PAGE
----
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Definition

Occupation

An occupation is defined as as set of jobs that require the performance of similar or identical sets of tasks. As it is rare for two actual jobs to have identical sets of tasks, in practical terms, an occupation is a set of jobs whose main tasks are characterised by a high degree of similarity.

The similarity of tasks is defined in this statistical standard as a function of the level and specialisation of skills required to perform those tasks. Skill is defined as the ability to competently perform the tasks associated with an occupation.

It follows that ANZSCO classifies occupations according to two criteria – skill level and skill specialisation.

Job

A job is defined as a set of tasks designed to be performed by one person for an employer (including self–employment) in return for payment or profit. Individual persons are classified by occupation through their relationship to a past, present of future job.

Any particular job will typically involve an individual working for a particular employer and undertaking a particular set of tasks. People working for themselves are considered as having a job and belonging to the labour force.

People undertaking work without pay or profit, for example, voluntary work, are excluded from the concept of job. However, this is not to say that the classification cannot be used to describe the activities of persons not working for pay or profit.

Skill level

Skill level of an occupation is defined as a function of the range and complexity of the set of tasks performed in a particular occupation. The greater the range and complexity of the set of tasks, the greater the skill level of an occupation.

Skill level is measured operationally by:

the level or

  • amount of formal education and training
  • the amount of previous experience in a related occupation and
  • the amount of on–the–job training

required to competently perform the set of tasks required for that occupation.

In general, the greater the range and complexity of the set of tasks involved, the greater the amount of formal education and training, previous experience and on–the–job training that are required to competently perform the set of tasks for that occupation.

Formal education and training refers to the level and amount of education and training required for competent performance of the tasks required in an occupation. It is measured in terms of educational qualifications as set out in the Australian Qualification Framework (AQF) or the New Zealand Register of Quality Assured Qualifications (NZ Register).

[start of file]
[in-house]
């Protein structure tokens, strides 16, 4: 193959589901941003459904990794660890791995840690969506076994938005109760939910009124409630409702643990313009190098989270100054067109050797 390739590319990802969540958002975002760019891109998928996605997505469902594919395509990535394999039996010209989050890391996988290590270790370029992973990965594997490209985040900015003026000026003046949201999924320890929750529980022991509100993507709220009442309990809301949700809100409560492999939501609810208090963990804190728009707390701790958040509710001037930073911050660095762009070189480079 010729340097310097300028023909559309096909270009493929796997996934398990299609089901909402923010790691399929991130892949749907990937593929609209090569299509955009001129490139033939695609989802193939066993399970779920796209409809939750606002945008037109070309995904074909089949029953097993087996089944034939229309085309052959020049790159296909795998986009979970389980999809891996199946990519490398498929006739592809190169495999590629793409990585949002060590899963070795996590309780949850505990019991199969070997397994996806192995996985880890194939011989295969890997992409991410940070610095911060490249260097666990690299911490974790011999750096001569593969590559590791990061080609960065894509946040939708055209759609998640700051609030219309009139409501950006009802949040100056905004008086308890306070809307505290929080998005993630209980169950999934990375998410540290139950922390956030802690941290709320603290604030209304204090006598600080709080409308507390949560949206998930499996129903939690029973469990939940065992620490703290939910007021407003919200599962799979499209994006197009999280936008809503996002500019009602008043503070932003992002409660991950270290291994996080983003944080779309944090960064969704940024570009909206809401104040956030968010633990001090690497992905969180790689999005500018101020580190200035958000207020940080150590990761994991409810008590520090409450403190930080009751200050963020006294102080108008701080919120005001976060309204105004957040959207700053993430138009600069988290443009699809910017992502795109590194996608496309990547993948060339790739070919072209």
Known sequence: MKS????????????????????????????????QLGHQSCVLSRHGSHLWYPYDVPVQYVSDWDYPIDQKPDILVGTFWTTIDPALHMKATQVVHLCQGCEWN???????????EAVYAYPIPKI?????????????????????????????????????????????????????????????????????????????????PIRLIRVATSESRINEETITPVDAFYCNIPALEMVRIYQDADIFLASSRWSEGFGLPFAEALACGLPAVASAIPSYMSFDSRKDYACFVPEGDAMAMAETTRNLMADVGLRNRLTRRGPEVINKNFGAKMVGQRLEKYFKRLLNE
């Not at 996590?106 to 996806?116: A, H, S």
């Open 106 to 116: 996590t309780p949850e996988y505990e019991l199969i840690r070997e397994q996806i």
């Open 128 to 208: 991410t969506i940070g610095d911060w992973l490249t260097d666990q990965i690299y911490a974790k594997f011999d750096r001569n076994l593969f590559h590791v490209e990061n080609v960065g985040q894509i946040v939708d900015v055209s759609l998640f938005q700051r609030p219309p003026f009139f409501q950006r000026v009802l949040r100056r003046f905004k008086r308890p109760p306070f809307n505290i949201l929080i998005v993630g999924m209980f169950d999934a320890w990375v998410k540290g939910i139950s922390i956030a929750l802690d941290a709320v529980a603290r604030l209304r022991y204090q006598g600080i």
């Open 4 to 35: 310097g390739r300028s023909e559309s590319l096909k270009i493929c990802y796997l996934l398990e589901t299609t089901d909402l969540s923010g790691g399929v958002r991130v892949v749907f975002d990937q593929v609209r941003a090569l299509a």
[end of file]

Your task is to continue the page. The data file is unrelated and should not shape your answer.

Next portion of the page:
Previous experience refers to the time spent gaining work experience in related occupations or activities required for the competent performance of the tasks in an occupation. It is measured in months or years, and may be undertaken at the same time as formal training.

ANZSCO and this statistical standard do not measure the skill level of an individual, rather it refers to the level of skill that is typically required to competently perform the tasks of a particular occupation. Skill level is an attribute of occupations, not of individual sin the labour force or of particular jobs. It is irrelevant whether a particular individual working in a job in a particular occupation has a certain amount of training or a particular level of competence or not.

For example, a person who spreads mortar and lays bricks for a living has the occupation Bricklayer, regardless of whether the person is an exceptionally competent bricklayer with many years of experience and post–trade qualifications, or an inexperienced bricklayer with no formal qualifications and a low level of competence. The skill level of the occupation Bricklayer is determined on the basis of that typically required for competent performance.

Occupations are assigned to one of five skill levels. In determining the skill level of each occupation, advice was sought from employers, industry training bodies, professional organisations and others to ensure that the information is as accurate and meaningful as possible.

Skill specialisation

Skill specialisation is defined as a function of:

  • field of knowledge required
  • tools and equipment used
  • materials worked with
  • goods and services produced or provided

Components of skill

Skill level is applied as a guiding principle to differentiate between the major groups of ANZSCO and determine which major group an occupation belongs to.

The skill component of an occupation is generally recognised as having the following attributes:

  • formal qualifications
  • competencies
  • experience
  • subject matter knowledge
  • ability to use specific tools and equipment
  • ability to produce specific goods and services
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